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Failing With Straight A's Essay

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Failing with Straight A’s.
Growing up, my education involved sitting around the dining room table, multiplying cows per acre, or sitting in my room reading an outdated history book meant for the state of Texas. Many would be fine with this type of education, working on their time, stress free, and simple work that never got a graded, but instead a “That’ll do,” from your parents who were barely home. That wasn’t enough for me.
I remember feeling useless when my friend discussed school, what did I know? I never stepped one foot into a school until I was sixteen. She complained about algebra, and chemistry and things that I’ve never seen in my own work at home. I felt behind, but that didn’t change that I was stuck at home doing close to
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I only assumed they were teachers. The harsh light made it hard to concentrate, and felt as if I was being watched. I stared at that test for a long time, flipping through it hoping I’d come across a question that looked familiar to me. The further I got into it the more blinding the white of the paper became, and problems floated off the page, and tears filled my vision. The test was demanding, find X. Find X? I barely remembered a thing, even though I know I learned it. I was panicking.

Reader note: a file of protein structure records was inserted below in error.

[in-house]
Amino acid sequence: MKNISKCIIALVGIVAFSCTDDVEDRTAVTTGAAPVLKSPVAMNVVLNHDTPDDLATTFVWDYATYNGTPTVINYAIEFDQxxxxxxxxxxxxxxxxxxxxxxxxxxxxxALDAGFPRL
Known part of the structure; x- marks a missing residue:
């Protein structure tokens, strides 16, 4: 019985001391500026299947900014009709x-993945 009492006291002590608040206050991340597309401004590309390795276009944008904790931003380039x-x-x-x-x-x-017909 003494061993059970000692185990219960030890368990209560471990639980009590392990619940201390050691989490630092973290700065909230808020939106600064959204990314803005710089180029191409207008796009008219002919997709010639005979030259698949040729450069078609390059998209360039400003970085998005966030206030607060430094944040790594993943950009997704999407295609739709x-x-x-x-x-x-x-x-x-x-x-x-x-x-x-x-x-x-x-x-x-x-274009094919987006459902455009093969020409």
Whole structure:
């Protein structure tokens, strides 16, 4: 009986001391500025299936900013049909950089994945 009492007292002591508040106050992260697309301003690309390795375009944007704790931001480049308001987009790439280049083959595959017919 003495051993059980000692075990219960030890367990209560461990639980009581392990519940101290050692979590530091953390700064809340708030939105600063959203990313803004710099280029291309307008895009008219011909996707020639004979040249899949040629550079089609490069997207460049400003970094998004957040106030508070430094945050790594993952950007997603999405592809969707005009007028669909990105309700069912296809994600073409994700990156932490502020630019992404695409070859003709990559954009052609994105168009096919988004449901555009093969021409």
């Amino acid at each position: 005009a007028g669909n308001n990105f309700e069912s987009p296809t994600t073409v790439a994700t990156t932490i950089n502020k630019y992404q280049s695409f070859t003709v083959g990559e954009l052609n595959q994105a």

I was back in the same principal’s office when I got the news that I didn’t cut it. I failed that test, and barely past the others. I tested in at a ninth-grade level based on my performance on only four tests. It didn’t seem fair. Sitting in the car alone I cried, wondering if I had been stupid all along. My mother was gone for several minutes, I don’t know how long to be exact before she came back. “You’re going to be graduating with the tenth graders.” Those words didn’t make sense to me, the school turned me down, I had failed.
Apparently when someone is in public school their whole life they normally get free periods, and study halls to take up their time before their next class. With a lot of research, it turned out I could graduate in a decent time, only a year behind. After that I was constantly in either the principal’s or councilor’s office going over my schedule, and every little change that may be done. I was on a strict schedule that
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